It is not without its limitations. It constrains the questions you can ask, and I watch people struggle now to bend it to the task of sorting out things like environmental flows through the Grand Canyon, or better understanding the Upper Colorado River Basin’s consumptive uses, past and future. Some of the constraints are technical. Some are political. But for the basic task of helping the basin’s water management community understand its choices, providing an “authoritative image”, it continues to perform admirably.
Although the CRSS simulations behind the 2007 Guidelines were the best that we could do at that time, I came to know that the modeling and its algorithms wasn’t problematic, as were the assumptions made that went into the model. For example, I would have preferred to see the stress test hydrology or a worst-case hydrology incorporated in 2007 than what was simulated at the time. The paleo reconstructions were a good start but didn’t go far enough to simulate the system. As it turned out, the guidelines needed modification with the drought contingency plans, which essentially indicated the model was not calibrated to current conditions.
John, thank you for refreshing our memories of the important work and writings of Elinor Ostrum, and in particular, for her emphasis on the great importance of “a single, authoritative image of the problem.” I’ve seen how difficult it is to make progress in river management or policy-making in absence of agreement around a consensus image (e.g., ‘the battle of the models’). I agree that the CRSS has provided a very useful mechanism or tool for framing an image of the water problems we face in the Colorado River Basin. But a computer model is not in itself an image; instead, it is the output of the model that helps to frame the image, and in this sense it is critically important to gain agreement around the INPUTS into the model. For example, some climate scientists have argued that the way that climate change forecasts have been formulated for input into CRSS-based planning need to be substantially improved. In this sense, the existence of “a single authoritative image” will always be an ephemeral one, always requiring that we continually sharpen and renew that image as learning advances.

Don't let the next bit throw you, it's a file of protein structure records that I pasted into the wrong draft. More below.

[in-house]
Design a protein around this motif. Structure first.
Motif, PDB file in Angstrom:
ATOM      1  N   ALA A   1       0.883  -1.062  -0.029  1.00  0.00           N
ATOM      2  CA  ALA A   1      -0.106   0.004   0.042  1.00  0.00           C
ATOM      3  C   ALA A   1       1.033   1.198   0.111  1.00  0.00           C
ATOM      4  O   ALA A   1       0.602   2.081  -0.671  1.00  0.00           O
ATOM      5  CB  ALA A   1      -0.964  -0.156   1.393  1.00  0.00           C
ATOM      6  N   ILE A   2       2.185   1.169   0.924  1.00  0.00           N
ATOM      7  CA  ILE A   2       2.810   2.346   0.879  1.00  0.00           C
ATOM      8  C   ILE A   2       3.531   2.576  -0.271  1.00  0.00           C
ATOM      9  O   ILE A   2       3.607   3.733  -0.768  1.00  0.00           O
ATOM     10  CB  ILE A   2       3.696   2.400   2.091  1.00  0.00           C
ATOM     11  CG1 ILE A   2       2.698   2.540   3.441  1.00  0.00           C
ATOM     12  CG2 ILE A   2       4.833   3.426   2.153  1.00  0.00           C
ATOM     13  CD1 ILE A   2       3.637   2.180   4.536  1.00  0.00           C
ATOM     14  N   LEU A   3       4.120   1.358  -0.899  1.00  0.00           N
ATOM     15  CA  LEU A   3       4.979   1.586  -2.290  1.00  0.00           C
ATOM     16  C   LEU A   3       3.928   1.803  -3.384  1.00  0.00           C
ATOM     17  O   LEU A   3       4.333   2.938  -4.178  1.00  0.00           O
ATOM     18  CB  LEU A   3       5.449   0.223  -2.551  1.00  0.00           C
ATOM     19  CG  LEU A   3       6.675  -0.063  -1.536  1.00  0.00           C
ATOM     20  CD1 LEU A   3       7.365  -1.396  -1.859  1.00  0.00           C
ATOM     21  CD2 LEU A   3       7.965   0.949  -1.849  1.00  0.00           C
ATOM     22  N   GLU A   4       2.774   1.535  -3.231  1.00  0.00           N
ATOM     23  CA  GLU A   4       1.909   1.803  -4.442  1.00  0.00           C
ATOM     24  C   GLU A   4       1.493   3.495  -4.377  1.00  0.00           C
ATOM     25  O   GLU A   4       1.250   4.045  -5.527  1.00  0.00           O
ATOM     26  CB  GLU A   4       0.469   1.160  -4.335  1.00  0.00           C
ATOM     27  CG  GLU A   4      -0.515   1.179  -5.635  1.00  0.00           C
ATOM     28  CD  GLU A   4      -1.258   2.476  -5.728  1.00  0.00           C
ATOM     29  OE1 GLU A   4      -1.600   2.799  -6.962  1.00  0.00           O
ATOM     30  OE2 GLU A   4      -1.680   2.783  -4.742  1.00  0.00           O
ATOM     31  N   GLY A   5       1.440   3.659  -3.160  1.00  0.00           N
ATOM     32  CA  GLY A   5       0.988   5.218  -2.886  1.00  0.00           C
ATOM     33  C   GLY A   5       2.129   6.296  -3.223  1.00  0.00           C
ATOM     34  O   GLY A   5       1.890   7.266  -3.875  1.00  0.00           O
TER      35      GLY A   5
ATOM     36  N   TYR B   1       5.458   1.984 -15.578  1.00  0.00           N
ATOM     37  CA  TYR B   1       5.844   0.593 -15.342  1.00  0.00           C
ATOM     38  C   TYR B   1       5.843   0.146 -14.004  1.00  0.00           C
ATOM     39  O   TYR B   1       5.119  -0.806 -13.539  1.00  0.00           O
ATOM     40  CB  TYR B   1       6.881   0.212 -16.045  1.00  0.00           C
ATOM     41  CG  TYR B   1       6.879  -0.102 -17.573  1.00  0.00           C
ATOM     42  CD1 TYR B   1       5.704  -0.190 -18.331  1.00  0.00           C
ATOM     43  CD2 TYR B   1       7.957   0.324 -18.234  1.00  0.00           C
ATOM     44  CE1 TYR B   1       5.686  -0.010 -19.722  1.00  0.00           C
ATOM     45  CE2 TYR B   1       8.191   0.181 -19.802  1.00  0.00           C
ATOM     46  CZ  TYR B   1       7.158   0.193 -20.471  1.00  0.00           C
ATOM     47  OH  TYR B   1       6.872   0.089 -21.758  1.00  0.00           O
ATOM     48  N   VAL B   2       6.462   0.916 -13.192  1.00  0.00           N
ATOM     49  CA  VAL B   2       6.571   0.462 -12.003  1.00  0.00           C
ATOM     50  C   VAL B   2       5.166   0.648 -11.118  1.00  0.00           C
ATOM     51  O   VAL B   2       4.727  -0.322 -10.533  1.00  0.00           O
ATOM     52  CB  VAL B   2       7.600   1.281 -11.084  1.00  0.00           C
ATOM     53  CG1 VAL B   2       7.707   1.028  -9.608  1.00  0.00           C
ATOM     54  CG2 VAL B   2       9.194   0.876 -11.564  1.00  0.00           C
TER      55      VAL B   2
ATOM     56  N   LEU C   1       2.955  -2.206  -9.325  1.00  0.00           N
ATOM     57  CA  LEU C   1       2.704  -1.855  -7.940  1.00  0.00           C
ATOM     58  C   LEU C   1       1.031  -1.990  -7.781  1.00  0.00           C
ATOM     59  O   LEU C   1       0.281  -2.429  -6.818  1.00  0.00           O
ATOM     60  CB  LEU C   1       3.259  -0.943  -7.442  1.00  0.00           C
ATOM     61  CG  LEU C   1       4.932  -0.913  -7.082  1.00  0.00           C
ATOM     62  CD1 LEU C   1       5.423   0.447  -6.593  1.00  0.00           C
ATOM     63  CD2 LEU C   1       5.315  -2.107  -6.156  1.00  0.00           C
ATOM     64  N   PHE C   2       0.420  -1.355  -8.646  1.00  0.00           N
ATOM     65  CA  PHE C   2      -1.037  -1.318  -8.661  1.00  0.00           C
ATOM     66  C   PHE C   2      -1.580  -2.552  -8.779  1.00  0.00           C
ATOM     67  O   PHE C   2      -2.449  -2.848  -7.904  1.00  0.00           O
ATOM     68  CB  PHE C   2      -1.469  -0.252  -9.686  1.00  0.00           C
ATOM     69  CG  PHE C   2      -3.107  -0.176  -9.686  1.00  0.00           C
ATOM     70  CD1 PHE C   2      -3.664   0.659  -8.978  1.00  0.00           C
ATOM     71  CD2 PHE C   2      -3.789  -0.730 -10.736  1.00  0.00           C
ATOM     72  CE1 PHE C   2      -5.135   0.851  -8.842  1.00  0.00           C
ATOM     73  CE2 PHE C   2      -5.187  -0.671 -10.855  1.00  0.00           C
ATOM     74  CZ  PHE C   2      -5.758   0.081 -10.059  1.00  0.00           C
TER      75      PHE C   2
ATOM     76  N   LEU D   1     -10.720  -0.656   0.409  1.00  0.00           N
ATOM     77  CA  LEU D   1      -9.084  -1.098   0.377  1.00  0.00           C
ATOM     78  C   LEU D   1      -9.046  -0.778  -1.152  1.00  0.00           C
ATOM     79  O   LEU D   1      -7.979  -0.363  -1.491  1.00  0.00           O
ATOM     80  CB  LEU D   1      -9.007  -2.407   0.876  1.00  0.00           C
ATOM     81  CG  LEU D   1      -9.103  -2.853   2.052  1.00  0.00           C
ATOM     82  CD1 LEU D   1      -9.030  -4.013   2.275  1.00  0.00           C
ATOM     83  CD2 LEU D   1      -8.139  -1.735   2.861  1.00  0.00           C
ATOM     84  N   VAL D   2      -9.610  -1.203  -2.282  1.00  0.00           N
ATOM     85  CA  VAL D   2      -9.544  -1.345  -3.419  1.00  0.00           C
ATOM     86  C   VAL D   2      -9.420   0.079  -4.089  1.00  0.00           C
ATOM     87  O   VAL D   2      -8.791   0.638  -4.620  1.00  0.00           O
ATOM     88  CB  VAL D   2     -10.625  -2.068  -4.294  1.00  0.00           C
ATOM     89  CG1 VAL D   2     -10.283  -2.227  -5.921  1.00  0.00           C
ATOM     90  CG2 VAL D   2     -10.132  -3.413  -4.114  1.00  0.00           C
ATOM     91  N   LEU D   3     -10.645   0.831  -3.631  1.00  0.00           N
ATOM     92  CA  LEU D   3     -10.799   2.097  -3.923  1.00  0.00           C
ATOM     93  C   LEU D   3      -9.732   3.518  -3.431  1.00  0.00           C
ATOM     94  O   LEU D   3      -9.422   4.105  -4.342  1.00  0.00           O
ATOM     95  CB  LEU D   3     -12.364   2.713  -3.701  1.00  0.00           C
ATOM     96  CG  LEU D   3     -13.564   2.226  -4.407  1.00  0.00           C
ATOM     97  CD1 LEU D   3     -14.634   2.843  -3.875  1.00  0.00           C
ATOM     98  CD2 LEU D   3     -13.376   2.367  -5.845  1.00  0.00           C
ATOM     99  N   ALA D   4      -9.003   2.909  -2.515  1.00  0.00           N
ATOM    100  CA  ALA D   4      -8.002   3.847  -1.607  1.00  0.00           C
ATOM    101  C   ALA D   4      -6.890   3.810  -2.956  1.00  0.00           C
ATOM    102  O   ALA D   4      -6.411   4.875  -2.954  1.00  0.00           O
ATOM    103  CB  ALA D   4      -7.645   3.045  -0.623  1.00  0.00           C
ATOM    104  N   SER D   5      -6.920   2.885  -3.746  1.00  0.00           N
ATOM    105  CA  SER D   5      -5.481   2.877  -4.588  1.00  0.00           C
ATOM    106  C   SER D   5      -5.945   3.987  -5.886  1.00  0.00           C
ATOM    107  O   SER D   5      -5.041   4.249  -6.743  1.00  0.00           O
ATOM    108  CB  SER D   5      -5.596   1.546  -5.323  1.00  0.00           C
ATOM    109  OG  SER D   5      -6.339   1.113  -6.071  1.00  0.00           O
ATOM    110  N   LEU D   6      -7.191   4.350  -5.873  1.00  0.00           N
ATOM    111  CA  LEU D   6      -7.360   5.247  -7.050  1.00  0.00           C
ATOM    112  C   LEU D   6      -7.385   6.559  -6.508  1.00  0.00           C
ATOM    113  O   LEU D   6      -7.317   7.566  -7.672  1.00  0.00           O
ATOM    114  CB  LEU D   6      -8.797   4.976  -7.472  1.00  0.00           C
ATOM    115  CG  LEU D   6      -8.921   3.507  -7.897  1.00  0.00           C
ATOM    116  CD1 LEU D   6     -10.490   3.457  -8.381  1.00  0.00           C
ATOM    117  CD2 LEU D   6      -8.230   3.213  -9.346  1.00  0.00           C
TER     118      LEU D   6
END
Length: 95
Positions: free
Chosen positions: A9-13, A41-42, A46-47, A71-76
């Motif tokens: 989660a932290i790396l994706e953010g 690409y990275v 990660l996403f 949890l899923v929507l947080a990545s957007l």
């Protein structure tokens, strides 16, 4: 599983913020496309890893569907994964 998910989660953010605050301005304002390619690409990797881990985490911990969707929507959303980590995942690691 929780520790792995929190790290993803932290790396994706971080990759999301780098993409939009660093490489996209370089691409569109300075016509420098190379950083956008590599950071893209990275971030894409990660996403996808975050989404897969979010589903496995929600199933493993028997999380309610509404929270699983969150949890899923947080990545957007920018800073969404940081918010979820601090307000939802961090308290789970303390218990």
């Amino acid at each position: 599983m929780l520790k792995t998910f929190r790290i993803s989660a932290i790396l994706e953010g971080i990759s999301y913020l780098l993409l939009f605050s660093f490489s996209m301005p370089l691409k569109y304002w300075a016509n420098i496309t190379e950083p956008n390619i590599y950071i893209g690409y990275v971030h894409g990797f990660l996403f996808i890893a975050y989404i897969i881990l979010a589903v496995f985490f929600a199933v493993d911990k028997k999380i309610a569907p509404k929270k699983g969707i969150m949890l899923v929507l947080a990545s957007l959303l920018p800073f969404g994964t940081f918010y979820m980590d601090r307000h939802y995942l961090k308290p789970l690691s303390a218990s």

Thanks, I think I meant but didn’t explain well something slightly different than your interpretation regarding, for example, the role CRSS might plan in climate change scenario analysis. I did not mean, by talking about shared understanding, to imply the one particular operational version of CRSS used by the Bureau, doing index sequential analysis using the historic record. I meant the shared understanding provided by the underlying representation of the river system’s performance under a range of scenarios, which provides the shared confidence and understanding when people want to apply different inputs, do the “stress test” hydrology, or the new “super stress test” people are using, or the work Homa Salehabadi and colleagues are doing to study paleo and climate change, etc.
alas, if her point was true the world wouldn’t be in such rotten shape and still getting worse. some parts are doing ok, but where there is a shared resource to be exploited if it doesn’t get exploited by those immediately around it then others from further away will come along to do the honors.
cases in point abound.